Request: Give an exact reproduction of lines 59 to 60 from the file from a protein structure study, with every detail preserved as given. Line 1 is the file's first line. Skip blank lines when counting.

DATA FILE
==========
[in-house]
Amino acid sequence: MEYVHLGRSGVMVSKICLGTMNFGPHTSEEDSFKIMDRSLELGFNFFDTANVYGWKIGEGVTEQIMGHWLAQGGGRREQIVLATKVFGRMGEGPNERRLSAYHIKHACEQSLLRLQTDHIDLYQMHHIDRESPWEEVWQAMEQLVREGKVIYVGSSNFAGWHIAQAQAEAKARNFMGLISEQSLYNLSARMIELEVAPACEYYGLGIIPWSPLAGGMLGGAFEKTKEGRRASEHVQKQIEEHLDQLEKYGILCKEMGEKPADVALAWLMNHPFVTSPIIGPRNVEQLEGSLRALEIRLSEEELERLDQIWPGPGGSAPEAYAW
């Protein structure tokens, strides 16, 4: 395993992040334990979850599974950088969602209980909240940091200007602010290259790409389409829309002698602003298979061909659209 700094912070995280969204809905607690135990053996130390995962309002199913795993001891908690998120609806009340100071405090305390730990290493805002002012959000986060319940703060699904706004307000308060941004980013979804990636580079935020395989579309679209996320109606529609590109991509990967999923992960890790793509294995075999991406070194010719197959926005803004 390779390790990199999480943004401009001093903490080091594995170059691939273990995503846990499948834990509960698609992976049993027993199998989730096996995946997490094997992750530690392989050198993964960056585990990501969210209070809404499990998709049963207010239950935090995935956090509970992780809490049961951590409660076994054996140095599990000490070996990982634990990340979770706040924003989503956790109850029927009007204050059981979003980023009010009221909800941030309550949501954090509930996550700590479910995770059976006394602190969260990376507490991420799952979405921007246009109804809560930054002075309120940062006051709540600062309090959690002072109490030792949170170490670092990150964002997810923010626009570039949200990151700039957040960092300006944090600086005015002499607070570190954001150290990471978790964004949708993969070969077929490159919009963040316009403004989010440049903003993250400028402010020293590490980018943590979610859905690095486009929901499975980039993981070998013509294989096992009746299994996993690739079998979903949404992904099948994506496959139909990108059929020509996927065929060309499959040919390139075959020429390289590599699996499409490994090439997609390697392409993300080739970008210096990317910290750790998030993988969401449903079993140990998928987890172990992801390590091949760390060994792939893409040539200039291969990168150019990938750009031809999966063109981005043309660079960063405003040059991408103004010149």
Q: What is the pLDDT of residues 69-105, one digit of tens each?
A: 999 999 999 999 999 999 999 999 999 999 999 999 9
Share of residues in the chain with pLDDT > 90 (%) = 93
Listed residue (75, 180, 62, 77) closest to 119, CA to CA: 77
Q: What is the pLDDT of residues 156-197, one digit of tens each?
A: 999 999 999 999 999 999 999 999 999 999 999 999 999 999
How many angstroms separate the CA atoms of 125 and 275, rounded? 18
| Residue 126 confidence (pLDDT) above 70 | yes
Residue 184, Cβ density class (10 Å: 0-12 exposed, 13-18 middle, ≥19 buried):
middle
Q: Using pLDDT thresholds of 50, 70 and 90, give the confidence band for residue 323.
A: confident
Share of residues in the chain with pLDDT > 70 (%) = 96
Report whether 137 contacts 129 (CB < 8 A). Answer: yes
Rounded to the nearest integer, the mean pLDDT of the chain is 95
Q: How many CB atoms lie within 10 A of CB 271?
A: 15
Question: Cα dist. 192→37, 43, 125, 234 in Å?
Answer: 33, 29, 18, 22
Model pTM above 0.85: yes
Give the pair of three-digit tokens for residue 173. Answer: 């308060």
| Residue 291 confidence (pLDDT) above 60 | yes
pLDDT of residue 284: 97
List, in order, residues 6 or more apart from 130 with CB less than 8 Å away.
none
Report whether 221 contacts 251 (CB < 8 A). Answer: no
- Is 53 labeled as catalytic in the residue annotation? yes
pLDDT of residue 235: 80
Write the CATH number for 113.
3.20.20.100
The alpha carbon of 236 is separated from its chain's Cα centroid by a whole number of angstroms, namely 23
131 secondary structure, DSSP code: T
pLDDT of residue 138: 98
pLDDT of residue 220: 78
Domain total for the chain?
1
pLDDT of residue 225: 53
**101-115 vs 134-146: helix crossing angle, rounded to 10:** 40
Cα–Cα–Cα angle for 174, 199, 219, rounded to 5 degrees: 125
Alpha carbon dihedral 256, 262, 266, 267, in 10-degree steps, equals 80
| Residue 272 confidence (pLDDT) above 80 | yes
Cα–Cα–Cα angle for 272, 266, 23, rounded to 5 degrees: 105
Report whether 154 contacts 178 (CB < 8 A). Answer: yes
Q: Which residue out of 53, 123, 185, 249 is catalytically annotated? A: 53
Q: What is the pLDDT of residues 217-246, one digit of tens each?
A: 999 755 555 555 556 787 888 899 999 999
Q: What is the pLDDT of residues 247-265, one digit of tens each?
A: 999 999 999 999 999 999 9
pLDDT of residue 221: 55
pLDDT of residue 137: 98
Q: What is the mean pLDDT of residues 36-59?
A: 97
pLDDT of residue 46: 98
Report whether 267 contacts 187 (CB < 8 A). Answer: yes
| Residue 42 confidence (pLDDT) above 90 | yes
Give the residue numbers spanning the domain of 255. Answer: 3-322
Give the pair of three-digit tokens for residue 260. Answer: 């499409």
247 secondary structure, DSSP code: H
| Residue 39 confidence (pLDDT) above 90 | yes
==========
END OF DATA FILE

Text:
Give the residue numbers spanning the domain of 255. Answer: 3-322
Give the pair of three-digit tokens for residue 260. Answer: 């499409």